Painting, printmaking, and drawing have been cornerstones of Jill Jensen’s work. She has used them separately to create finished works of art, and since 1998 she has combined them in her fiber-based work. An exhibit of her latest works has just opened at the Alleghany Highlands Arts and Crafts Center in Clifton Forge, Va and will run through June 16.2023.
“My work combines bold graphic images and intense color. Woodcut and linocut prints provide me with the opportunity to create images with sharp contours and positive and negative spaces. I enjoy the process of designing, carving, and printing plates on both paper and fabric. Work on fabric is printed, paint is added for color and then I add stitching for texture and delineation of the imagery.”
Daily drawing exercises, journaling, and miniature stitched/quilted pieces are a part of her well-disciplined habits. Her studio practice includes designing images and carving the designs into either wood or linoleum to create her printing plates. These images are printed on fabric and stitched for structure and texture. The scale of Jensen’s work varies greatly, from small (4” x 4”) to large (40” x 72”) to very large (7’ x 14’). In addition to printmaking, paint is used for color. Some works incorporate cyanotype photograms, contact botanical printing (eco-printing) and indigo dyeing. Any or all techniques may all be a part of a finished piece.
Jensen’s formal education includes a degree in chemistry and a master’s degree in engineering, but her passion is in creating visual art. “Training in the sciences may seem an odd path to becoming an artist but I would disagree. Both artists and scientists/engineers need to be keen observers of the world around them. Both are problem solvers. Experimentation is crucial to finding creative solutions in art and science.”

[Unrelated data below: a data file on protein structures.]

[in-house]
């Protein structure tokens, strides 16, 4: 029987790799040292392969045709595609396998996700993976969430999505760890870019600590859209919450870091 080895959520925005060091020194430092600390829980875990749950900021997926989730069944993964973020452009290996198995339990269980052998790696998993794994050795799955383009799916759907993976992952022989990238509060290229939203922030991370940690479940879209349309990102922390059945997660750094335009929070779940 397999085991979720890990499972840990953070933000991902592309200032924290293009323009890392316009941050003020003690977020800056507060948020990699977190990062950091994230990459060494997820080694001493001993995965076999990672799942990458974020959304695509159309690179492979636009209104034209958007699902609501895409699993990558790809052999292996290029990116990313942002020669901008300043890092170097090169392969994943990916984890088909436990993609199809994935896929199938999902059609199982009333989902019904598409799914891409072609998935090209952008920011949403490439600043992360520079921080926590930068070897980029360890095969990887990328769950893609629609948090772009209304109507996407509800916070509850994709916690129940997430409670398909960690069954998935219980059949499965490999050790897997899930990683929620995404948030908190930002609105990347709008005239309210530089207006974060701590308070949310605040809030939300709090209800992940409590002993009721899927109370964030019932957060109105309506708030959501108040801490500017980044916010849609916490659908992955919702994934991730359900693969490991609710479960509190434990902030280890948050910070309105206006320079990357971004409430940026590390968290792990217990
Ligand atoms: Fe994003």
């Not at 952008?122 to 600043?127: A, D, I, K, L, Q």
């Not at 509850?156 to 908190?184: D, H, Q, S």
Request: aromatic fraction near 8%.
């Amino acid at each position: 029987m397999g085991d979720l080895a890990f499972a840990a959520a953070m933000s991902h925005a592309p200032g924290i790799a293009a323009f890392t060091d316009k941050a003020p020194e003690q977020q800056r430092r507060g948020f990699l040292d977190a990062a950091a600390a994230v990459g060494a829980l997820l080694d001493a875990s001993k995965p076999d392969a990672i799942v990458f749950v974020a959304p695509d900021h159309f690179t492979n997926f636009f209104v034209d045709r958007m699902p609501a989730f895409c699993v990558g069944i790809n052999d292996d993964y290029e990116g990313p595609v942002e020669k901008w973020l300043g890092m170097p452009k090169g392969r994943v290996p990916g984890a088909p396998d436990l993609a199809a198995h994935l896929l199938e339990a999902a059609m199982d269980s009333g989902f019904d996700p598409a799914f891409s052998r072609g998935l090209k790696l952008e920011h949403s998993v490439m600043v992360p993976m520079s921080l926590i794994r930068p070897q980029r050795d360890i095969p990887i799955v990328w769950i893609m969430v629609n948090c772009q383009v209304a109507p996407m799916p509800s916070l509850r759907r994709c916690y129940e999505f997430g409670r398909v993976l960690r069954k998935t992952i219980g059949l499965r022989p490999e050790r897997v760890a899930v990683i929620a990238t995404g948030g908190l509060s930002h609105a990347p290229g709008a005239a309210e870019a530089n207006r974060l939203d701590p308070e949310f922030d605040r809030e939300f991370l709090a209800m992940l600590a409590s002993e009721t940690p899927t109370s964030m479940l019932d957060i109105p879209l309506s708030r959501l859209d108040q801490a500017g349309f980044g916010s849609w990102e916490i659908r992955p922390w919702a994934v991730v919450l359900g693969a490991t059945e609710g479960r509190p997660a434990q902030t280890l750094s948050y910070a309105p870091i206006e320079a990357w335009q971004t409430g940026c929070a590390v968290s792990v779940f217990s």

“Inspiration comes from many sources. Daily walks are an opportunity to observe both the natural and man-made world in varying seasons and lighting conditions. Prayers and literary sources like poetry, myths and stories all find their way into my psyche and then are transformed into physical pieces of art.”
Jensen’s work has been included in regional, national, and international exhibitions and twenty-one one-person shows. A full resume will be posted in the gallery. She has been the focus of eighteen Artist in Education school residencies around the Commonwealth. Four of those took place here in the Alleghany Highlands over several years. During the AHACC residencies, she worked with each of our high schools for five days a semester, helping teachers create a printmaking unit as the students learned about and created different types of intaglio printmaking. As a part of the residency, Jensen’s work was exhibited along with the students in the Annual High School Art Student art shows at the Center. The AIE residency program is sponsored through a grant from the Virginia Commissions for the Arts.
Jensen has been a fellow at the Virginia Center for the Creative Arts in both their locations in Virginia and in France. Among other institutions that include Jill Jensen’s work are the Taubman Museum of Art, The San Jose Museum of Quilts and Textiles, Snidow Chapel in Lynchburg, and the University of Pittsburgh Medical Center. You can see more of her work at www.jill jensenart.com
Jill Jensen’s exhibit “Natural Visions” will run through Friday, June 16, 2023. Admission to the Center is free of charge. The Alleghany Highlands Arts and Crafts Center, located at 439 Ridgeway Street, Clifton Forge, VA, is supported by its members, contributors, the Town of Clifton Forge, the City of Covington, the County of Alleghany, The Alleghany Foundation, The Virginia Commission for the Arts, and the National Endowment for the Arts.